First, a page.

A group of minerals used as architectural, ornamental, and gem materials. A source of asbestos.
What is Serpentine?
Serpentine is not the name of a single mineral. Instead it is a name used for a large group of minerals that fit this generalized formula: (X)2-3(Y)2O5(OH)4
In this formula, X will be one of the following metals: magnesium, iron, nickel, aluminum, zinc, or manganese; and, Y will be silicon, aluminum, or iron. The appropriate generalized formula is thus
Chrysotile, antigorite, and lizardite are three of the primary serpentine minerals. There are many other serpentine minerals, most of which are rare.
Serpentine group minerals have similar physical properties and form by similar processes. They often occur as fine-grained admixtures and can be difficult to distinguish within a rock. Geologists usually call these materials "serpentine" rather than more specific names to simplify communication.
Serpentinites and Serpentine Formation
Serpentine minerals form where peridotite, dunite, and other ultramafic rocks undergo hydrothermal metamorphism. Ultramafic rocks are rare at Earth's surface but are abundant at the oceanic moho, the boundary between the base of the oceanic crust and the upper mantle.
They are metamorphosed at convergent plate boundaries where an oceanic plate is pushed down into the mantle. This is where they are subjected to hydrothermal metamorphism. The source of water for this process is seawater entrained in the rocks and sediments of the oceanic slab.
During hydrothermal metamorphism, olivine and pyroxene minerals are transformed into or are replaced by serpentine minerals. Some of the metamorphic rocks produced here are composed almost entirely of serpentine minerals. These serpentine-rich rocks are known as "serpentinites."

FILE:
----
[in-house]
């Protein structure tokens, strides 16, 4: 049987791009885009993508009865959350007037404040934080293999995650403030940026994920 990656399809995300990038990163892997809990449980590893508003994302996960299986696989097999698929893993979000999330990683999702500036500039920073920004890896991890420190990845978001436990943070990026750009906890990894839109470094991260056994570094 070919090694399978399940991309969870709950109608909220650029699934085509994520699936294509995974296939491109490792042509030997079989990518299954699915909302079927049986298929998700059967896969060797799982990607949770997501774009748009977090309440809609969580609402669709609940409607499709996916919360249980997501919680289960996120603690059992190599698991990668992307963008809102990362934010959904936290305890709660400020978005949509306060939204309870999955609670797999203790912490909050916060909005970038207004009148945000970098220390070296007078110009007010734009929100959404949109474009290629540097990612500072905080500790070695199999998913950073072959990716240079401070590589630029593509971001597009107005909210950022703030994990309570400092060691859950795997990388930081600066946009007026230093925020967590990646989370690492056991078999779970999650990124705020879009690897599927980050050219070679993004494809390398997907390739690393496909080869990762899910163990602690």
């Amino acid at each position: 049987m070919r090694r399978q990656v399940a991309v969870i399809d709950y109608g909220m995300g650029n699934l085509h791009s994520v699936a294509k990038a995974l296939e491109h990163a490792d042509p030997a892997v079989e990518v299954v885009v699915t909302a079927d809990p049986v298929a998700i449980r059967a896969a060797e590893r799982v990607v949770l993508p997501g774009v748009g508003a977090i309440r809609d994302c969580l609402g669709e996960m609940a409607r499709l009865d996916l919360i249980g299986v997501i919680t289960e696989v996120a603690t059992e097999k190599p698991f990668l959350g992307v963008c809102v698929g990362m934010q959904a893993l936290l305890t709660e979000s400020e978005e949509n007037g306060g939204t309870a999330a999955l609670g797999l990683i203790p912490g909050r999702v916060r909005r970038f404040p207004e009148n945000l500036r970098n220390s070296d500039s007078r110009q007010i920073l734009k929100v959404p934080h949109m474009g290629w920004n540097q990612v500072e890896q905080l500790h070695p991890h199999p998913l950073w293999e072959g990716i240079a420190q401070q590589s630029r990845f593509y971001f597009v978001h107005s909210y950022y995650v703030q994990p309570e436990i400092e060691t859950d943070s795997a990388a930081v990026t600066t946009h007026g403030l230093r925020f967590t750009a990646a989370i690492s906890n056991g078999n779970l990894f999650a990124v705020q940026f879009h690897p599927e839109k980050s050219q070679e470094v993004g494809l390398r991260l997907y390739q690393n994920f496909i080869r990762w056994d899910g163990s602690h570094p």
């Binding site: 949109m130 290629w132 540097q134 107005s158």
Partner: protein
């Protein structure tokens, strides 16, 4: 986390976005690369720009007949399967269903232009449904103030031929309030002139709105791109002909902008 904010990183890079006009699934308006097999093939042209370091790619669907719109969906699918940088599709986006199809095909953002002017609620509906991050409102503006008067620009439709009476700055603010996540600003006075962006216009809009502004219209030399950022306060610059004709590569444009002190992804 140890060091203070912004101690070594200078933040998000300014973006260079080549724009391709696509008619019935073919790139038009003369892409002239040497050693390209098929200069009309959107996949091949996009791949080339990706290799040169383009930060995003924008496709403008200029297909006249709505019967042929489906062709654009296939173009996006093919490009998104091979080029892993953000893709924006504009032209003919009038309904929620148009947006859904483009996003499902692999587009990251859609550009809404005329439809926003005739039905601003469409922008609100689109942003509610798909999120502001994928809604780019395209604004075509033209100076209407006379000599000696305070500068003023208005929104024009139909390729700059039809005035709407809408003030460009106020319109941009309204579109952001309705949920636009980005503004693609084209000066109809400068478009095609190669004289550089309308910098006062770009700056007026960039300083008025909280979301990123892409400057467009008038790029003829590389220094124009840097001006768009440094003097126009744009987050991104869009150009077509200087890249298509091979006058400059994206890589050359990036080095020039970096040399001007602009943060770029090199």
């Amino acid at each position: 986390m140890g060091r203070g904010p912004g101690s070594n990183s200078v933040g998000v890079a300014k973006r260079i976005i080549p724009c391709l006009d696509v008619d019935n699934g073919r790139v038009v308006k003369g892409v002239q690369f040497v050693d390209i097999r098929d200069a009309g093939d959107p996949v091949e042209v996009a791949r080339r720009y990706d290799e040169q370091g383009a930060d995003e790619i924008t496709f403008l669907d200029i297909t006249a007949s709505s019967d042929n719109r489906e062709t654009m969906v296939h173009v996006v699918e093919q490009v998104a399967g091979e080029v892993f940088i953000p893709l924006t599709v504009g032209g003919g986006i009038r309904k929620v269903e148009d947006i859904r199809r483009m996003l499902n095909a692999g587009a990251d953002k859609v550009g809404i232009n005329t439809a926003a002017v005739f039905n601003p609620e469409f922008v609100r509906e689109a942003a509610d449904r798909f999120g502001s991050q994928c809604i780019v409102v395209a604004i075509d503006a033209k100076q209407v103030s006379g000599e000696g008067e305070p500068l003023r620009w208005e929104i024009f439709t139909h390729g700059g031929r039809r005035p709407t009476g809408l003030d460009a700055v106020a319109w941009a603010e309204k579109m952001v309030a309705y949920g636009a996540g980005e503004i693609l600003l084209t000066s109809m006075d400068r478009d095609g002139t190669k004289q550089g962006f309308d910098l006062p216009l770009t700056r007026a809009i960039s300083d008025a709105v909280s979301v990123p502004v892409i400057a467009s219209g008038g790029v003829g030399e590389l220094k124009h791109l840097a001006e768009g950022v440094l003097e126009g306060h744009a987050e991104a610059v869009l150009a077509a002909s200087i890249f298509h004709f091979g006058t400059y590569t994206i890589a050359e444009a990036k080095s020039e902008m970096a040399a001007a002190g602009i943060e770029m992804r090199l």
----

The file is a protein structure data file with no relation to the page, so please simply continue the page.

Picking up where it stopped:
Extensive areas of Earth's surface are underlain by serpentinites. These areas occur near present or ancient convergent plate boundaries. They are locations where remnants of an oceanic plate is exposed at the surface. The remnant portion of the plate was either thrusted up onto land, accreted onto the edge of a land mass, or exposed by uplift and deep weathering.
These areas of exposed oceanic plate are known as ophiolites. They are often the source of valuable minerals that might include magnetite, chromite, chrysoprase, jade, and serpentine.
Physical Properties of Serpentine
|Color||Usually various shades of green, but can be yellow, black, white, and other colors.|
|Luster||Greasy or waxy|
|Diaphaneity||Translucent to opaque, rarely transparent|
|Cleavage||Poor to perfect|
|Mohs Hardness||Variable between 3 and 6|
|Specific Gravity||2.5 to 2.6|
|Diagnostic Properties||Color, luster, fibrous habit, hardness, slippery feel|
|Crystal System||Most serpentine minerals are monoclinic.|
|Uses||A source of asbestos, architectural stone, ornamental stone, gem material.|
Physical Properties of Serpentine